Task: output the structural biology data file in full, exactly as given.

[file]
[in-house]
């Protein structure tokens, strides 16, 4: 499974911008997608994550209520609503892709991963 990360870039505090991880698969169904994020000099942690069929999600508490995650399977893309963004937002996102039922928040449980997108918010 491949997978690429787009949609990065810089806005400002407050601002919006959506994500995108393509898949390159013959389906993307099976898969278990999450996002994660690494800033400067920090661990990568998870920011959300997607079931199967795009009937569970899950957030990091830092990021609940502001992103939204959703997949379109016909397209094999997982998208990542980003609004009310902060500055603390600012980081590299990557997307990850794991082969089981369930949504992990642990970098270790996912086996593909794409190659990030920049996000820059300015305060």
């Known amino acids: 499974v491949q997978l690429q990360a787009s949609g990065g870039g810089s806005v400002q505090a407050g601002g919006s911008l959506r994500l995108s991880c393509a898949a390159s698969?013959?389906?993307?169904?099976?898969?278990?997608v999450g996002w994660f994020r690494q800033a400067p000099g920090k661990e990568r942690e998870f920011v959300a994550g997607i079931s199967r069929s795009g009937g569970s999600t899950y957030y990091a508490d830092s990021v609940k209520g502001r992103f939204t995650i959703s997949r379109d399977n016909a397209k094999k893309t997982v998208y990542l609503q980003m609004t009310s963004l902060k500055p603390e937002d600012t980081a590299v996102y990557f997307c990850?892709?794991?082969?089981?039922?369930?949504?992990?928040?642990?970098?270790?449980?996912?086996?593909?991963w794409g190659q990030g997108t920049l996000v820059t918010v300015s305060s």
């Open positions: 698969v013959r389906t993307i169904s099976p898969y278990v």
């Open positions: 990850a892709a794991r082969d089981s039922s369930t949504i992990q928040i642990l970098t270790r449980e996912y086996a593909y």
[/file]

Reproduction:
[in-house]
């Protein structure tokens, strides 16, 4: 499974911008997608994550209520609503892709991963 990360870039505090991880698969169904994020000099942690069929999600508490995650399977893309963004937002996102039922928040449980997108918010 491949997978690429787009949609990065810089806005400002407050601002919006959506994500995108393509898949390159013959389906993307099976898969278990999450996002994660690494800033400067920090661990990568998870920011959300997607079931199967795009009937569970899950957030990091830092990021609940502001992103939204959703997949379109016909397209094999997982998208990542980003609004009310902060500055603390600012980081590299990557997307990850794991082969089981369930949504992990642990970098270790996912086996593909794409190659990030920049996000820059300015305060």
């Known amino acids: 499974v491949q997978l690429q990360a787009s949609g990065g870039g810089s806005v400002q505090a407050g601002g919006s911008l959506r994500l995108s991880c393509a898949a390159s698969?013959?389906?993307?169904?099976?898969?278990?997608v999450g996002w994660f994020r690494q800033a400067p000099g920090k661990e990568r942690e998870f920011v959300a994550g997607i079931s199967r069929s795009g009937g569970s999600t899950y957030y990091a508490d830092s990021v609940k209520g502001r992103f939204t995650i959703s997949r379109d399977n016909a397209k094999k893309t997982v998208y990542l609503q980003m609004t009310s963004l902060k500055p603390e937002d600012t980081a590299v996102y990557f997307c990850?892709?794991?082969?089981?039922?369930?949504?992990?928040?642990?970098?270790?449980?996912?086996?593909?991963w794409g190659q990030g997108t920049l996000v820059t918010v300015s305060s």
């Open positions: 698969v013959r389906t993307i169904s099976p898969y278990v």
């Open positions: 990850a892709a794991r082969d089981s039922s369930t949504i992990q928040i642990l970098t270790r449980e996912y086996a593909y």